Karen Lightman is executive director of Metro21: Smart Cities Institute at Carnegie Mellon University.
More>>

Tech firm landing at Hazelwood Green. Could gondolas be next?

October 8, 2018
Posted in News

An autonomous vehicle start-up could be moving into the former LTV Coke Works site in Hazelwood, even as planners play with ideas like creating gondola lifts, water taxis, and maybe even light rail as a way to get people there.

Aptiv, a self-driving car start-up, is believed to be the major tech tenant signed by the Regional Industrial Development Corp. to occupy the second of three buildings being erected as part of the Mill 19 project at the 178-acre Hazelwood Green site.

The company currently is based in the RIDC industrial park in O’Hara. In 2015, the firm — then a division of Delphi — acquired Carnegie Mellon University spinoff Ottomatika, which created software and systems for autonomous vehicles.
More>>

Sean Qian Publishes New Paper in Science Direct

October 8, 2018
Posted in What's Happening

UTC researcher Sean Qian published a new paper in Science Direct on “Estimating multi-year origin-destination demand using high-granular multi-source traffic data.” Https://www.sciencedirect.com/science/article/pii/S0968090X18302948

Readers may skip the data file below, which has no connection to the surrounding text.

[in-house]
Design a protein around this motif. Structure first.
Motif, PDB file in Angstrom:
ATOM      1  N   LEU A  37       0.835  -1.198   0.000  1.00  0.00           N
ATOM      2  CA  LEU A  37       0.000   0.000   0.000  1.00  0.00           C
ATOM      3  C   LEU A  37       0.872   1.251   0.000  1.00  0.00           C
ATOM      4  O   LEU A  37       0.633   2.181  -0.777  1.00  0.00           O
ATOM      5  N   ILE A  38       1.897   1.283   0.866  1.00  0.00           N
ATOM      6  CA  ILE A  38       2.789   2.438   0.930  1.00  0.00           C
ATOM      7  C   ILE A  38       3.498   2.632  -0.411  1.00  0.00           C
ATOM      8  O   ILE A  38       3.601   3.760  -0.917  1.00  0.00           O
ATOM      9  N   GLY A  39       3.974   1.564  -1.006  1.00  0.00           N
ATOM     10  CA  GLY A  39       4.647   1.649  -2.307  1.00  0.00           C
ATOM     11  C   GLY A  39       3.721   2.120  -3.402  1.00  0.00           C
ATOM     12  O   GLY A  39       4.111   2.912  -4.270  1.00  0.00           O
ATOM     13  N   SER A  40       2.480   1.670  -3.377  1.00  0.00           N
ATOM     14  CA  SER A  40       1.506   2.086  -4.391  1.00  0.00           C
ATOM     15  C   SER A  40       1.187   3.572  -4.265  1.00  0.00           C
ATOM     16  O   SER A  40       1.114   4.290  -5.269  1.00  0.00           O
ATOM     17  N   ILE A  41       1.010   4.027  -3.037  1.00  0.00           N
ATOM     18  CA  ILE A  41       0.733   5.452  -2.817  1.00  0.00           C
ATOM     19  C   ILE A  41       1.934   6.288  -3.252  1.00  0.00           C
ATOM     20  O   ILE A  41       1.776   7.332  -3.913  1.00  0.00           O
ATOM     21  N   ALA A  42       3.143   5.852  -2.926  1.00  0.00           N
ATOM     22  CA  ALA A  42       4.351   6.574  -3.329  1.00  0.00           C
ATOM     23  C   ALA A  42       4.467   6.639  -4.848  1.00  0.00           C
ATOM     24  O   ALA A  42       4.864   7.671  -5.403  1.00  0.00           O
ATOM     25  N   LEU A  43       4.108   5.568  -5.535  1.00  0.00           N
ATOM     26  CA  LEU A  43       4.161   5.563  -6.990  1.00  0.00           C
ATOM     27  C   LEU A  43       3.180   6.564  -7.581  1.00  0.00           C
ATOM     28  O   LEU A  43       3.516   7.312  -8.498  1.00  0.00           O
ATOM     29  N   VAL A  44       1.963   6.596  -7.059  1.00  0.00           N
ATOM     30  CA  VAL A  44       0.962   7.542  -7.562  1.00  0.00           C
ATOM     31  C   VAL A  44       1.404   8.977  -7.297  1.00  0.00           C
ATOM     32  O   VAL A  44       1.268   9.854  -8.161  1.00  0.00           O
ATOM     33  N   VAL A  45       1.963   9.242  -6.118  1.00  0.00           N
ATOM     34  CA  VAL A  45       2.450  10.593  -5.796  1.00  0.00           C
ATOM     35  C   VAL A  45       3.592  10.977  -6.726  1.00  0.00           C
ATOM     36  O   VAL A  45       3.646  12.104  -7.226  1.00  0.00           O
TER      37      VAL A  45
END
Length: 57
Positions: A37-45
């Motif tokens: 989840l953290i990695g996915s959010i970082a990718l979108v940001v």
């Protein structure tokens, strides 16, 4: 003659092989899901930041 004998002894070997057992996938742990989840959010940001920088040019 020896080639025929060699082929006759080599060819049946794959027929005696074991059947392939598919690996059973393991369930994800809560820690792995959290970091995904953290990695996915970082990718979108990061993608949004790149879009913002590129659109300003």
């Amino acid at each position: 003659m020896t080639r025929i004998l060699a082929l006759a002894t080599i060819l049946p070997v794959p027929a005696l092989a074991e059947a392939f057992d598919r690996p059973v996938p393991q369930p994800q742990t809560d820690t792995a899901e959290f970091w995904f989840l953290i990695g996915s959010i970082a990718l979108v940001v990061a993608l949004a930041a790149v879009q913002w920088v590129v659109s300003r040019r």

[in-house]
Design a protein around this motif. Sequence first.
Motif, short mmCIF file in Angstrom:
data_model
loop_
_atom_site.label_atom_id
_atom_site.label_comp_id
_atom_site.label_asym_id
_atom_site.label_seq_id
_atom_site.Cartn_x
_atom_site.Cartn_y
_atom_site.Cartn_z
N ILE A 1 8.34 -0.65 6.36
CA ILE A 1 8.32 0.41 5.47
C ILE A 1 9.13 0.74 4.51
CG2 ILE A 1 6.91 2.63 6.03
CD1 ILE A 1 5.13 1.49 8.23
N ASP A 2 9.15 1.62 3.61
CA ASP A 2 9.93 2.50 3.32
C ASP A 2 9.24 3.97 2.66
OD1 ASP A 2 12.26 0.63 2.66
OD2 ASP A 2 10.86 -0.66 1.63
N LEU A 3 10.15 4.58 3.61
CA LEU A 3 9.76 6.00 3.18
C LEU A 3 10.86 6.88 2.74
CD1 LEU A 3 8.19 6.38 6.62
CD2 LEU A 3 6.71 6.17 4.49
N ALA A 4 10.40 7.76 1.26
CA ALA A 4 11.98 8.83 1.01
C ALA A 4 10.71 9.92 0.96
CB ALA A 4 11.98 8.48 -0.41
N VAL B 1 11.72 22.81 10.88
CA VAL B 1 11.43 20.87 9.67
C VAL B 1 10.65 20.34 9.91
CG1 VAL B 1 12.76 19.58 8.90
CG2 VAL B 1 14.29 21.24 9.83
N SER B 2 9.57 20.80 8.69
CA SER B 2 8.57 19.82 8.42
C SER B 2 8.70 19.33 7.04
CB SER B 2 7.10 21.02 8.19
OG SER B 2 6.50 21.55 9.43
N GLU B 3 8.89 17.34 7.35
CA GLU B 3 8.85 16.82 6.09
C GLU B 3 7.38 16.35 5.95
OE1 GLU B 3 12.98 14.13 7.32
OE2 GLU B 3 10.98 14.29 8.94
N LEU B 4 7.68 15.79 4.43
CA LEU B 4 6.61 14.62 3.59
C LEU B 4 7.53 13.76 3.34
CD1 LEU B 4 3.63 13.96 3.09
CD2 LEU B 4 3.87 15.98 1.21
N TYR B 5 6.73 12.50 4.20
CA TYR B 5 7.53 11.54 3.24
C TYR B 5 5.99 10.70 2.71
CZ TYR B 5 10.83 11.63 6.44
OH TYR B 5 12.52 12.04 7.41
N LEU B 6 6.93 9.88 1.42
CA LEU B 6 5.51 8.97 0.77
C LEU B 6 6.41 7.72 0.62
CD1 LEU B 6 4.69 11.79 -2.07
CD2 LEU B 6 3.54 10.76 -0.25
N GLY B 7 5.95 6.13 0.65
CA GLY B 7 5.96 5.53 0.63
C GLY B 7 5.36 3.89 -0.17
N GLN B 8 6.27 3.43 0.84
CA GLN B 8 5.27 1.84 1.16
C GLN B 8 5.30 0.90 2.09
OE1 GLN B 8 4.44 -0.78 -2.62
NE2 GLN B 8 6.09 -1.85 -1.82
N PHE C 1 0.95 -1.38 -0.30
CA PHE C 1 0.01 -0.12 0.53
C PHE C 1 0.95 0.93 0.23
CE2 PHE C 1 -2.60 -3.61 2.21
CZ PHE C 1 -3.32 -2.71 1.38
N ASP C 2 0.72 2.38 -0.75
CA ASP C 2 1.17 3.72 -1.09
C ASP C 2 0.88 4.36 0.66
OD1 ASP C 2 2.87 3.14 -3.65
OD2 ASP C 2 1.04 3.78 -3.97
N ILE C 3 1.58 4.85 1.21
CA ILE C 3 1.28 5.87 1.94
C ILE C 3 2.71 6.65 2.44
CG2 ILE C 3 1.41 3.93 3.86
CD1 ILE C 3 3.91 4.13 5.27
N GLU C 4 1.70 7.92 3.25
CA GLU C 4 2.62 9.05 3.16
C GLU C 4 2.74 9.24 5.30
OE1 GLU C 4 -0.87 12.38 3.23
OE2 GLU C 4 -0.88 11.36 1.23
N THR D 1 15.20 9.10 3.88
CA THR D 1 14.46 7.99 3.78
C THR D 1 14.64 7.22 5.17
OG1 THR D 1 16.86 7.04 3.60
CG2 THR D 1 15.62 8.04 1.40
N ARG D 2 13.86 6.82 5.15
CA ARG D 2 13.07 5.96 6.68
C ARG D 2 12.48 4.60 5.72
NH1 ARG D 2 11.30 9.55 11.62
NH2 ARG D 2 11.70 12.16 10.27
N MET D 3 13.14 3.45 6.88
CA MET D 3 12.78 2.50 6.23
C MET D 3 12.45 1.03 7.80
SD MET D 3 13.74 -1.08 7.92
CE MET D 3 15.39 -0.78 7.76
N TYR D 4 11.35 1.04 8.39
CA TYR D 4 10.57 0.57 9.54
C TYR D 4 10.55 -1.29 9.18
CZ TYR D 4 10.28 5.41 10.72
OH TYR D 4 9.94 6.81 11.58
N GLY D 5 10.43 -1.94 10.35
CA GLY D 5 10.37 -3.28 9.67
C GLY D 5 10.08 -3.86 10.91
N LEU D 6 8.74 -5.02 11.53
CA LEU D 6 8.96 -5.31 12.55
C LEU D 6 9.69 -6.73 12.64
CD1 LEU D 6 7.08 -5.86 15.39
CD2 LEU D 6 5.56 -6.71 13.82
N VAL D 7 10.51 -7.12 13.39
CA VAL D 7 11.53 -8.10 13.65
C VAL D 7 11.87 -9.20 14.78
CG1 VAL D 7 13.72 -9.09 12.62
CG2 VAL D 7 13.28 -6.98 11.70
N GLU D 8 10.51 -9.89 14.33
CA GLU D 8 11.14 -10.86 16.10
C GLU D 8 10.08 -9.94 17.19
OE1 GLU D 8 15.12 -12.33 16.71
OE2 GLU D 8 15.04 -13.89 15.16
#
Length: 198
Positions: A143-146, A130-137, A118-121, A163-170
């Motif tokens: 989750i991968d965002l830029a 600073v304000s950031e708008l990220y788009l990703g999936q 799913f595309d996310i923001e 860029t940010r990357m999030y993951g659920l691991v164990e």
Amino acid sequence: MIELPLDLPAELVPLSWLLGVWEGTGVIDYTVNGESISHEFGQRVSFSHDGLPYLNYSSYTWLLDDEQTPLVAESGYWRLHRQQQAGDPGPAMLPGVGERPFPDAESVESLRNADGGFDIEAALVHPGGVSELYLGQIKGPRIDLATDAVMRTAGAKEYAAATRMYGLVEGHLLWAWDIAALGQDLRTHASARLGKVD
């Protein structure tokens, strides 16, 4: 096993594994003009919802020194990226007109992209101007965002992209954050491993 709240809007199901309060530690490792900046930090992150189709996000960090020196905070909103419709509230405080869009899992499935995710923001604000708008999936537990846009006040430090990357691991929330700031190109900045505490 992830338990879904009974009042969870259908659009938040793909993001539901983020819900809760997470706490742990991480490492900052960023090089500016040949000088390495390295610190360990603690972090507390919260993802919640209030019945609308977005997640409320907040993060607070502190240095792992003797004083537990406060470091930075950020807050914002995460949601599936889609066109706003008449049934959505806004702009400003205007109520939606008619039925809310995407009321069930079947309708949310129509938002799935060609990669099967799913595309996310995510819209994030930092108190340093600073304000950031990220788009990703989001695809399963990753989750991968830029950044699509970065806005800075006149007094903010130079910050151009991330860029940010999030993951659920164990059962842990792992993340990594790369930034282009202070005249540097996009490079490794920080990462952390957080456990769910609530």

UTC Director, Chris Hedrickson Attends ISETT 2018

October 6, 2018
Posted in What's Happening

October 4 – 6, 2018

International Symposium on Emerging Trends in Transportation in Waikiki Beach, Hawaii with the Chinese Overseas Transportation Association (COTA) and the University of Hawaii. With a theme on Emerging Technologies for Future Mobility Systems, this inaugural symposium aims to stimulate the exchange of ideas among transportation professionals in academia, industry, and government on emerging policy, technology, and innovation trends. CMU’s Chris Hendrickson presented and represented UTC research.

A SELF-DRIVING TRUCK STARTUP KEEPS IT SIMPLE, STUPID

October 3, 2018
Posted in News

The nascent self-driving space is littered with “partnerships”—Waymo with Avis and Fiat Chrysler, Lyft with Aptiv, Toyota and Uber. But Ike and Nuro have got something different going on. “This type of licensing arrangement seems rather new in the AV space,” says Raj Rajkumar, an electrical and computer engineer who studies autonomous technology at Carnegie Mellon University. It might be a sign that once-unlimited autonomous vehicle startup funding is now limited, and that companies are getting creative with money.
More>>

Mobility in Small Towns and the ‘Burbs

October 2, 2018
Posted in News

Town planners and local government decision makers are racing to solve an important task. They need to find the best way to modernize their infrastructure to keep up with what metro areas around them are doing. It is important to remember that a major aspect of a smart city is the way that people move around. In order to modernize the suburbs, the mobility revolution needs to become top priority.

Let’s examine the steps that small governments are taking to make their towns more prepared for the future.

We reached out to Stan Caldwell, executive director of the Carnegie Mellon University research institute Traffic21. Caldwell and his team design, test, deploy, and evaluate information and communications technologies to address the problems facing transportation in the Pittsburgh region and the nation.